That figure comes from work done by Dr. John Adams. It covered 80% of the world’s car population at the time of publication. If you have not heard of the name and believe he is some crank, it is quite the opposite. Dr. Adams literally wrote the book on modern risk analysis.

Here is another figure, showing how fatalities and injuries increased when the UK passed its mandatory rear seatbelt law:

seatbelt2

And here is what happened when Australia implemented the law. Note again how fatalities went back up:

seatbelt3

It is worth considering why mandatory seatbelt laws have negative consequences. One reason has to do with the idea of risk compensation:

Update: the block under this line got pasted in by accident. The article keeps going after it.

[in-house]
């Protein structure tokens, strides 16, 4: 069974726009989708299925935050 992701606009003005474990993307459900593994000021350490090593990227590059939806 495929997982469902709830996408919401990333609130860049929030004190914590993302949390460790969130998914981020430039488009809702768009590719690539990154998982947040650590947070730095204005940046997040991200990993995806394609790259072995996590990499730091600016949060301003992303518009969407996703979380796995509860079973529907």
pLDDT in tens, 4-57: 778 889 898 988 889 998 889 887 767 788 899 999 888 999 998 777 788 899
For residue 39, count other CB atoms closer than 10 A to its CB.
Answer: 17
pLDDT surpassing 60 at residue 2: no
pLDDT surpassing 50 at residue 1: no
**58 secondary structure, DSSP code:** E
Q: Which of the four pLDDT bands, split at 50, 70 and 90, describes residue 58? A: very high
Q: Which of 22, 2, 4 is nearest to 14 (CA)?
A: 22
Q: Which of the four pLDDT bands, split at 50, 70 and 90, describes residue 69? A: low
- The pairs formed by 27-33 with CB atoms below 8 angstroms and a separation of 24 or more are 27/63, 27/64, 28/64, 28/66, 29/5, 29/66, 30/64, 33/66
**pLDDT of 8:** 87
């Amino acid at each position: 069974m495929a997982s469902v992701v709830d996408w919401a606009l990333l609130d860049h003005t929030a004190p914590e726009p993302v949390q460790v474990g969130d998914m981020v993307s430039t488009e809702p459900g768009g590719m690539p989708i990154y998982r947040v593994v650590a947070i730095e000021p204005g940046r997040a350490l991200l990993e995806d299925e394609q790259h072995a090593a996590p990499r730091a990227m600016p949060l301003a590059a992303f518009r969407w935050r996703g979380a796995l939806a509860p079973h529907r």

Risk compensation is a theory which suggests that people typically adjust their behavior in response to the perceived level of risk, becoming more careful where they sense greater risk and less careful if they feel more protected. Although usually small in comparison to the fundamental benefits of safety interventions, it may result in a lower net benefit than expected.  By way of example, it has been observed that motorists drove faster when wearing seatbelts and closer to the vehicle in front when the vehicles were fitted with anti-lock brakes.

A consequence of risk compensation is that motorists drive faster, causing increased risk for pedestrians and cyclists. It is a major reason why pedestrian and bicycle fatalities have not declined.

Another reason why seatbelt laws didn’t work is because they were implemented instead of making changes in the infrastructure. It is a similar problem to bike helmet laws, which legislators also prefer to implement over more costly infrastructure improvements.